When we finally arrived, my parents came out to help me along with the family pastor. The expression on my parents' faces was one of horror. My father wanted to find Robert and teach him a lesson for harming his little girl. We got settled, I sat with my parents and my pastor and we talked things out.
The Pastor suggested I write down what I needed to do. And before he left we all got down on our knees and prayed togather. I pulled out the yellow pages and looked up legal assistance offices, women's groups and attorneys. I spent the next four hours on the phone. Everywhere I called wanted personal information or history before they would even speak with me. Then I was told no one would be able to contact me for a few weeks because they were booked. Then I began calling private attorneys everyone was pretty matter of fact. The first questions were about resources, net worth, what was my current financial status. And unless I had twenty-five hundred dollars for a retainer when I walked in, they wouldn't help me. So I decided to call around to the various churches for direction. I found them very supportive and helpful.
After dinner that evening Robert called and demanded to speak with me.
"She's not here," my father said.
Robert kept calling and when my father had had enough, he blew.
"Listen, you call here again and I will call the police. Stay away from me and my family."
After the children were asleep, my parents and I resumed our conversation and we discussed what I wanted to do and what was best for all concerned. It was a blessing that my parents were willing to do anything they could to help me, and for the first time I didn't feel alone.
The next day, someone from a church office returned my call. I was asked so many questions, I felt confused. There seemed to be so much to do that I wasn't aware of because I had never been in this situation before. That afternoon, I scheduled an appointment with an attorney recommened by a local church.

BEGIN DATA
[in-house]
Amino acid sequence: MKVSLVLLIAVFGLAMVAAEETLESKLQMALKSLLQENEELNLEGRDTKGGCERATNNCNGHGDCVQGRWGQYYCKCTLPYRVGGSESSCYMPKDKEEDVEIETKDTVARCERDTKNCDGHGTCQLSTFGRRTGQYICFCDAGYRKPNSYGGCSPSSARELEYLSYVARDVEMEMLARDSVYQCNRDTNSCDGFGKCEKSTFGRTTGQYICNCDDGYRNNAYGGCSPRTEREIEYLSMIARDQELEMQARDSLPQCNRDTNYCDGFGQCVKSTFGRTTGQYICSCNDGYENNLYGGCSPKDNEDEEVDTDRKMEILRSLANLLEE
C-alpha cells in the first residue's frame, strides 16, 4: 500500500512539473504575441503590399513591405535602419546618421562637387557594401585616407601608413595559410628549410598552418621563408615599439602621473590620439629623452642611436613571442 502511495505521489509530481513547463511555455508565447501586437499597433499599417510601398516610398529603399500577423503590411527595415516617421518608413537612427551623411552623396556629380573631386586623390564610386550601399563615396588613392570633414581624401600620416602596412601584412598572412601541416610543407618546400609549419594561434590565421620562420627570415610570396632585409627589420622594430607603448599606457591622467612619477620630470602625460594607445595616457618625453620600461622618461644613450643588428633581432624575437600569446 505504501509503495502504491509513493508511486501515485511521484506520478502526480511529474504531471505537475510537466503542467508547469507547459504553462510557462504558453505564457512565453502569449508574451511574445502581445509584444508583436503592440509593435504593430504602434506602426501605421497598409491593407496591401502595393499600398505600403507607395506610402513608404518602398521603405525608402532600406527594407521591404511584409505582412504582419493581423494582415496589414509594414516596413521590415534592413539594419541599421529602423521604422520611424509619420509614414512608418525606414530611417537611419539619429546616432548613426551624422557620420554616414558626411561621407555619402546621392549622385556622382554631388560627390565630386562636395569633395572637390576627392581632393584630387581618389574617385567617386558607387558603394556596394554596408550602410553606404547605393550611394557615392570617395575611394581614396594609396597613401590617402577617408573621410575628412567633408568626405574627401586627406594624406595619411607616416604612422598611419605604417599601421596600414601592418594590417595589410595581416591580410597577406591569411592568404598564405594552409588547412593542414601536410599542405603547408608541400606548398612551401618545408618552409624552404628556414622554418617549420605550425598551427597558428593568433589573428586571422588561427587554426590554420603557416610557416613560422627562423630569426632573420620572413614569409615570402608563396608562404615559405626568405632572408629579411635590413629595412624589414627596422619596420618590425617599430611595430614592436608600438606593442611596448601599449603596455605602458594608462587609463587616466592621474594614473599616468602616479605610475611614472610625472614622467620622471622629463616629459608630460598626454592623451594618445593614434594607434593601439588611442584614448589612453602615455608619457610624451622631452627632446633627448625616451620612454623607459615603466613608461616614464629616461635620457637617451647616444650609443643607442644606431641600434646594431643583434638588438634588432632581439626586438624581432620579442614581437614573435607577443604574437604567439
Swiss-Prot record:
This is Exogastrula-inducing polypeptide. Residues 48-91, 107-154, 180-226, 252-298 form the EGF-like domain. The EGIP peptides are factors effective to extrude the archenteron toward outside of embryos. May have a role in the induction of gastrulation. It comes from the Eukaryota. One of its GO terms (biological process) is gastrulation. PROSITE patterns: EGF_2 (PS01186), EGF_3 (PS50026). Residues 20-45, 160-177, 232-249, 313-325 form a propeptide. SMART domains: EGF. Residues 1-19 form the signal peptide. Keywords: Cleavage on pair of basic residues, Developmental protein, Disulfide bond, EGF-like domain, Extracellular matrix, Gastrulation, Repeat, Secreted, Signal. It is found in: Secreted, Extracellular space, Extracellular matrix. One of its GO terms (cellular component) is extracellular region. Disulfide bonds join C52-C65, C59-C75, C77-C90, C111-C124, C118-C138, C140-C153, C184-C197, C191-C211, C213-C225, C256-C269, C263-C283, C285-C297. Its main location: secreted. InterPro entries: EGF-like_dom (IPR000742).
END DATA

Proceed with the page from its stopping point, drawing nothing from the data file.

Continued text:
The first thing the attorney did was to take pictures of me with an instant camera. Then he explained my legal options and alternatives. He also tried to prepare me for what might happen. He suggested that this was not going to be easy, I wasn't going to just be able to get rid of this man and throw him out of my life. He said Robert had rights too even though he's committed a crime. The attorney wanted me to understand that because we had children, Robert had a right to be a part of their lives. And that even if I had sole custody, Robert, under the law, had a right to visitation. Then after we finished our meeting the attorney asked if I would pray with him.
I was very confused, but for the first time I felt God's presence with me. All of this seemed as though it was happening so fast. The attorney suggested that because I didn't have an Emergency Order of Protection that we fill out the paperwork in his office, head over to the court building and get one now. He indicated that we would have no problem based on my injuries and police reports. I was so scared. I had never set foot in a coutroom before; it was cold and smelled like damp, musty wood. It was nothing like you see on television, except the "All rise" when the judge enters the courtroom. When my name was called, my attorney gently guided me by the arm and we went in front of the judge. My attorney spoke first.
"Your honor I'm... representing my client, Jennifer Serpico. As you can see before you judge, my client has been badly beaten. We are here today to obtain an emergency order of protection for she and the children. In addition, we ask the court to grant temporary custody to Mrs.Serpico pending the outcome of a divorce, your honor."
Then the judge spoke, "Clerk, swear in the witness."
"Raise your right hand..do you solemnly swear to tell the truth, the whole truth and nothing but the truth, so help you God?"
"I do," I replied. Then the clerk held up a piece of paper and asked if that was my signature. "Yes," I stated. Then for the record I was asked to state my name, address and age. The judge asked me to briefly explain what happened. When my attorney told the judge it was in the paperwork before him, the judge told him to be quiet and asked me to answer the question. I tried to explain, but I couldn't. I lost it and began crying.
Slam, went the judge's gavel. "The court will take a brief recess while the witness composes herself."
"I'm sorry," I told my attorney." Did I make him angry?"
"No,"in a gentle voice he replied," just calm down and we'll try again."
When the court was called back to order the judge reappeared from the side door of the court. He looked down at me. "Are we ready to proceed"?
"Yes your honor," I replied. I tried taking a few deep breaths in between sentences to explain what Robert had done and that I was in fear for my life. When I finished the judge spoke.